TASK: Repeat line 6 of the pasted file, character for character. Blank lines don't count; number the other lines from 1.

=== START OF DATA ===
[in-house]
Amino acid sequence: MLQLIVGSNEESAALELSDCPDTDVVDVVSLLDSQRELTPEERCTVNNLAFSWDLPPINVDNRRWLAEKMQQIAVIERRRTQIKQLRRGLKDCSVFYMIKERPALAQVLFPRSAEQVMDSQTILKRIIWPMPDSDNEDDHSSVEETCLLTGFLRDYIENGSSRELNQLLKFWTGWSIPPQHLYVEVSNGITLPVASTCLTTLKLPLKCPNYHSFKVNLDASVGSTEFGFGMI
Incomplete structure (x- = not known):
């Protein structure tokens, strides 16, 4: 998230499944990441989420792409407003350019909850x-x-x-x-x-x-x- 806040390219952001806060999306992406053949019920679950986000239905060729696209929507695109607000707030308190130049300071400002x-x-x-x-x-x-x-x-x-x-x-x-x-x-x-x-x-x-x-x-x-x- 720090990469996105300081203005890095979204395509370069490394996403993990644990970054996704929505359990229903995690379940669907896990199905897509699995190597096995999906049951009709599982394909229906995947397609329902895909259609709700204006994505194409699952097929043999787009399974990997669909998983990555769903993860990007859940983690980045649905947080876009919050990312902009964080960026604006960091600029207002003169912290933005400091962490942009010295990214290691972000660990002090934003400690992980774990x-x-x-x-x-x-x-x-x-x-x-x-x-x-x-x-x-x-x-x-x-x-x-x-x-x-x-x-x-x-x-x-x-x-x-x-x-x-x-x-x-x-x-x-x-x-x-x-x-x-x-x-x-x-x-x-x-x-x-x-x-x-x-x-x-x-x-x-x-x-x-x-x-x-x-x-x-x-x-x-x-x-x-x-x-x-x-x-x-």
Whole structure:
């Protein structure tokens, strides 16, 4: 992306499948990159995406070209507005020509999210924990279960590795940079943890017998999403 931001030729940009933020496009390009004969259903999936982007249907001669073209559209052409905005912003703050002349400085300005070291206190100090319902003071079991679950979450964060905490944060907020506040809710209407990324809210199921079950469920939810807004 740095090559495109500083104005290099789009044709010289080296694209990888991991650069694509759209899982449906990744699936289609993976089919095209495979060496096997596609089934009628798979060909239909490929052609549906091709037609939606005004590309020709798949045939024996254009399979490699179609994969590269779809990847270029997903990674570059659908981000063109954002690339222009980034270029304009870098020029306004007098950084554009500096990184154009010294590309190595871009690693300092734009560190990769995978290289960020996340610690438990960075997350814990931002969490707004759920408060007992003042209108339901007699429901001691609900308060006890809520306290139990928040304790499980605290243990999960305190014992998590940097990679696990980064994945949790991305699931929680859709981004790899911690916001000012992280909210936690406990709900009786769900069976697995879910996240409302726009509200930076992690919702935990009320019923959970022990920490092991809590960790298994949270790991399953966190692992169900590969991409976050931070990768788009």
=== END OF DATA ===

């Protein structure tokens, strides 16, 4: 992306499948990159995406070209507005020509999210924990279960590795940079943890017998999403 931001030729940009933020496009390009004969259903999936982007249907001669073209559209052409905005912003703050002349400085300005070291206190100090319902003071079991679950979450964060905490944060907020506040809710209407990324809210199921079950469920939810807004 740095090559495109500083104005290099789009044709010289080296694209990888991991650069694509759209899982449906990744699936289609993976089919095209495979060496096997596609089934009628798979060909239909490929052609549906091709037609939606005004590309020709798949045939024996254009399979490699179609994969590269779809990847270029997903990674570059659908981000063109954002690339222009980034270029304009870098020029306004007098950084554009500096990184154009010294590309190595871009690693300092734009560190990769995978290289960020996340610690438990960075997350814990931002969490707004759920408060007992003042209108339901007699429901001691609900308060006890809520306290139990928040304790499980605290243990999960305190014992998590940097990679696990980064994945949790991305699931929680859709981004790899911690916001000012992280909210936690406990709900009786769900069976697995879910996240409302726009509200930076992690919702935990009320019923959970022990920490092991809590960790298994949270790991399953966190692992169900590969991409976050931070990768788009």